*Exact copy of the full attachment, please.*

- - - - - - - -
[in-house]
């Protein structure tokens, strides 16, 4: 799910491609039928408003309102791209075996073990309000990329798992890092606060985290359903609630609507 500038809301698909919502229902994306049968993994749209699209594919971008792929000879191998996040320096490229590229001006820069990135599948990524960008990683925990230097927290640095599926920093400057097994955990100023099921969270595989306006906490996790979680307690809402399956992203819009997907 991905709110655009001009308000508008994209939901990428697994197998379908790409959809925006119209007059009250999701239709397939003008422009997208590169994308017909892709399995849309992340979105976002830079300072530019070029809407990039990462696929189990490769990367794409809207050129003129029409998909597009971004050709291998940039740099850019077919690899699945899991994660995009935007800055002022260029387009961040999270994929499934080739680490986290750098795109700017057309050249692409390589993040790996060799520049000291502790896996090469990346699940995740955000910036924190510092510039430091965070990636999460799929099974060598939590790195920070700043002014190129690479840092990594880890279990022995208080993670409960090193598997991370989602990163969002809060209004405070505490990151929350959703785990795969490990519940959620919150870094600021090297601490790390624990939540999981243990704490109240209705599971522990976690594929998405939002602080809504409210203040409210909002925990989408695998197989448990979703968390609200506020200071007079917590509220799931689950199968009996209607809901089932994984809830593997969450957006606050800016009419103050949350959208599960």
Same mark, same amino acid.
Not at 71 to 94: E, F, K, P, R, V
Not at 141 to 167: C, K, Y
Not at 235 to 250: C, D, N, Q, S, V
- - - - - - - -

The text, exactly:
[in-house]
């Protein structure tokens, strides 16, 4: 799910491609039928408003309102791209075996073990309000990329798992890092606060985290359903609630609507 500038809301698909919502229902994306049968993994749209699209594919971008792929000879191998996040320096490229590229001006820069990135599948990524960008990683925990230097927290640095599926920093400057097994955990100023099921969270595989306006906490996790979680307690809402399956992203819009997907 991905709110655009001009308000508008994209939901990428697994197998379908790409959809925006119209007059009250999701239709397939003008422009997208590169994308017909892709399995849309992340979105976002830079300072530019070029809407990039990462696929189990490769990367794409809207050129003129029409998909597009971004050709291998940039740099850019077919690899699945899991994660995009935007800055002022260029387009961040999270994929499934080739680490986290750098795109700017057309050249692409390589993040790996060799520049000291502790896996090469990346699940995740955000910036924190510092510039430091965070990636999460799929099974060598939590790195920070700043002014190129690479840092990594880890279990022995208080993670409960090193598997991370989602990163969002809060209004405070505490990151929350959703785990795969490990519940959620919150870094600021090297601490790390624990939540999981243990704490109240209705599971522990976690594929998405939002602080809504409210203040409210909002925990989408695998197989448990979703968390609200506020200071007079917590509220799931689950199968009996209607809901089932994984809830593997969450957006606050800016009419103050949350959208599960």
Same mark, same amino acid.
Not at 71 to 94: E, F, K, P, R, V
Not at 141 to 167: C, K, Y
Not at 235 to 250: C, D, N, Q, S, V